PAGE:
China
Enhanced technology and public awareness give more momentum to biodiversity protection in China
China's scientists and the general public are engaging in biodiversity protection
By Lu Yan  ·  2020-06-15  ·   Source: NO.25 JUNE 18, 2020
Tibetan goas and yaks graze on the Jiatang Grassland in Qinghai Province in northwest China on August 14, 2019 (XINHUA)

This year has been rewarding for Yang Xiaojun, a researcher at the Kunming Institute of Zoology, the Chinese Academy of Sciences (CAS). The green peafowls Yang and his team bred laid over 20 eggs. They worked hard for these purebred green peafowl eggs for more than six years.

The green peafowl is China's only native peafowl and was once common in Yunnan Province, where the Kunming Institute of Zoology is based. However, in recent decades a decline in their number led the International Union for Conservation of Nature (IUCN) to list the species as endangered on its Red List of Threatened Species. Habitat loss is one of the main reasons for the species' dwindling population, with fewer than 500 purebred green peafowls now left in the wild in China, fewer than the number of pandas.

Yang and his team searched many conservation areas for the purebred green peafowl, finally finding six. He took them to a laboratory that reproduces their wild habitat, where scientists use genome sequencing technology to breed more.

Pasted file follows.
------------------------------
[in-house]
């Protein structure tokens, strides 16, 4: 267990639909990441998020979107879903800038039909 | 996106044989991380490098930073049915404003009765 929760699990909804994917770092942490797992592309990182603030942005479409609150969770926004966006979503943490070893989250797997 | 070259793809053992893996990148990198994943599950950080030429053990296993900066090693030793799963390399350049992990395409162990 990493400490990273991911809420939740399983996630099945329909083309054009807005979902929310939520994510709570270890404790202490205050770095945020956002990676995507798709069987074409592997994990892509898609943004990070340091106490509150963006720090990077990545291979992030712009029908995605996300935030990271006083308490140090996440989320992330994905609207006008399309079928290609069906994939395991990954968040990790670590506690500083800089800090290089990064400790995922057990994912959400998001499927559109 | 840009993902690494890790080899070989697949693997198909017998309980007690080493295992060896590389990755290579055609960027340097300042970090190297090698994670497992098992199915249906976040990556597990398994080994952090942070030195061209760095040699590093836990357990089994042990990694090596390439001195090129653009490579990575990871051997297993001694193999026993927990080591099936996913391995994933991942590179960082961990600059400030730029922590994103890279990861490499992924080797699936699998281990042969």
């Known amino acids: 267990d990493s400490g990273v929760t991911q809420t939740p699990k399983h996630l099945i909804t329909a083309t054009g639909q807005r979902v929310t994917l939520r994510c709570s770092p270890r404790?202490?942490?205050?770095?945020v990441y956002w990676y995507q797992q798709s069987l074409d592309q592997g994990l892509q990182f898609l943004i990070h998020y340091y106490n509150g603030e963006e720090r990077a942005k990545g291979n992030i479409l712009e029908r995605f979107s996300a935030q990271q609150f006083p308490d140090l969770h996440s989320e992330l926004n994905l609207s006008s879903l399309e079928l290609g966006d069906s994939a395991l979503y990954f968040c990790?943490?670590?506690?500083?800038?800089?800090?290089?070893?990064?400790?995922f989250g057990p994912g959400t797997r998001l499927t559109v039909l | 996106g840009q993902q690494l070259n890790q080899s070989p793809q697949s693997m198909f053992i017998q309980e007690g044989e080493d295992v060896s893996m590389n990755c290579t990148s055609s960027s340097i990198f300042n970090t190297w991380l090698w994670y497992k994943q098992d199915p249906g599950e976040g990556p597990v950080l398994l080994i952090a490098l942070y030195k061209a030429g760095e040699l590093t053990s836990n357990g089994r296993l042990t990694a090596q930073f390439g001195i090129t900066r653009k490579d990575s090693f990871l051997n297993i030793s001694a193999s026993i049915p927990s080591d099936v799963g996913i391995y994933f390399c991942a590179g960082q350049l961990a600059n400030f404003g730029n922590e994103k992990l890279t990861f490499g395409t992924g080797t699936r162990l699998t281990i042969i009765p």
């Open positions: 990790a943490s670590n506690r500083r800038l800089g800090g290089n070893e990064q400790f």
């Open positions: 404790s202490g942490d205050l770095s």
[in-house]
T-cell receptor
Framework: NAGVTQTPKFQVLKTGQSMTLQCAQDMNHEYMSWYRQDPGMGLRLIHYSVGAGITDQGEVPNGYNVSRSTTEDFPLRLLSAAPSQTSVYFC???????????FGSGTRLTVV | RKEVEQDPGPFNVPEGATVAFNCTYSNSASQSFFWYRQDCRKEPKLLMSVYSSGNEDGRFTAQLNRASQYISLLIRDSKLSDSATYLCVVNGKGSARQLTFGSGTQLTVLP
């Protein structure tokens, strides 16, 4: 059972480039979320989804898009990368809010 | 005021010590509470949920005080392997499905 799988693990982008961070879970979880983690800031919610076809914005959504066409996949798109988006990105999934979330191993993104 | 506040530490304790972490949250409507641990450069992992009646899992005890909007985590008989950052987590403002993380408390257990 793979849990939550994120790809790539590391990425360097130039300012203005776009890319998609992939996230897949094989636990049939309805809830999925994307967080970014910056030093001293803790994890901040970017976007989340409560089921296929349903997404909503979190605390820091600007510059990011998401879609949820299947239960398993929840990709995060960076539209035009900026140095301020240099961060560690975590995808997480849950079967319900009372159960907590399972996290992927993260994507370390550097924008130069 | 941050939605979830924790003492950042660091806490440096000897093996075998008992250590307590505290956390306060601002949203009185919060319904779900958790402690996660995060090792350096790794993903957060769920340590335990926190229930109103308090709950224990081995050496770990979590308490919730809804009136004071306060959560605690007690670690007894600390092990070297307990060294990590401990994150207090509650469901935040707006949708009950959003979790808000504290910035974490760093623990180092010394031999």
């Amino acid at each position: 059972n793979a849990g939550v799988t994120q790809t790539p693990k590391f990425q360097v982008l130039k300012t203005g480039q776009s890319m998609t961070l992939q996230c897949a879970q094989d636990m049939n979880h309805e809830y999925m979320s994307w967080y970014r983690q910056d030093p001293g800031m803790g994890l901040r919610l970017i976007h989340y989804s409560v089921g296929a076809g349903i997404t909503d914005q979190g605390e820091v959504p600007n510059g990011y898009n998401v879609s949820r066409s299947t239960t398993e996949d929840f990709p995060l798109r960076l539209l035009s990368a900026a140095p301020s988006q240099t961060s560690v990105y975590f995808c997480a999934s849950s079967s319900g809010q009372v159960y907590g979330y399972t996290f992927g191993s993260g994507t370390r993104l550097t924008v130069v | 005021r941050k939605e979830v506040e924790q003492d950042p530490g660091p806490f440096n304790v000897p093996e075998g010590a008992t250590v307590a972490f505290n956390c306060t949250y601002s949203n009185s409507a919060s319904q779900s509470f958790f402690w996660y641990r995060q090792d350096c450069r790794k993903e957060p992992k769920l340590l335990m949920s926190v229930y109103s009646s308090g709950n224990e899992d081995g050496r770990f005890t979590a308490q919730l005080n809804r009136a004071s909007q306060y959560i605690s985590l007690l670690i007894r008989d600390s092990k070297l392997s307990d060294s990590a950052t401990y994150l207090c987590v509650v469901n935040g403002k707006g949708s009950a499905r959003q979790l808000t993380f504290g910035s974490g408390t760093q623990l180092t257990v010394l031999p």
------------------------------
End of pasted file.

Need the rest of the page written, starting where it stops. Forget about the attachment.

"This serves as a beam of light for our protection and research endeavor. However, there is still a long way to go before we reach the goal of achieving enough population to ensure proper gene exchange for healthy diversity," Yang said.

Harnessing technology

Global biodiversity is now facing wide-ranging and often unprecedented challenges, according to Elizabeth Maruma Mrema, Acting Executive Secretary of the Convention on Biological Diversity, a part of the UN Environment Program.

According to Mrema, China has taken practical measures to promote ecological protection and has established many effective mechanisms for green development. The country has also given priority to protecting biodiversity, and is a party to the Convention on Biological Diversity since the 1990s.

Yunnan boasts impressive biodiversity. In May, the provincial government released a white paper on its biological diversity, the first of its kind in China. According to the document, while Yunnan accounts for only 4.1 percent of China's territorial area, it is home to more than 50 percent of the country's flora and fauna species. The white paper says 90 percent of the ecosystems and 85 percent of the important species in the province have been effectively protected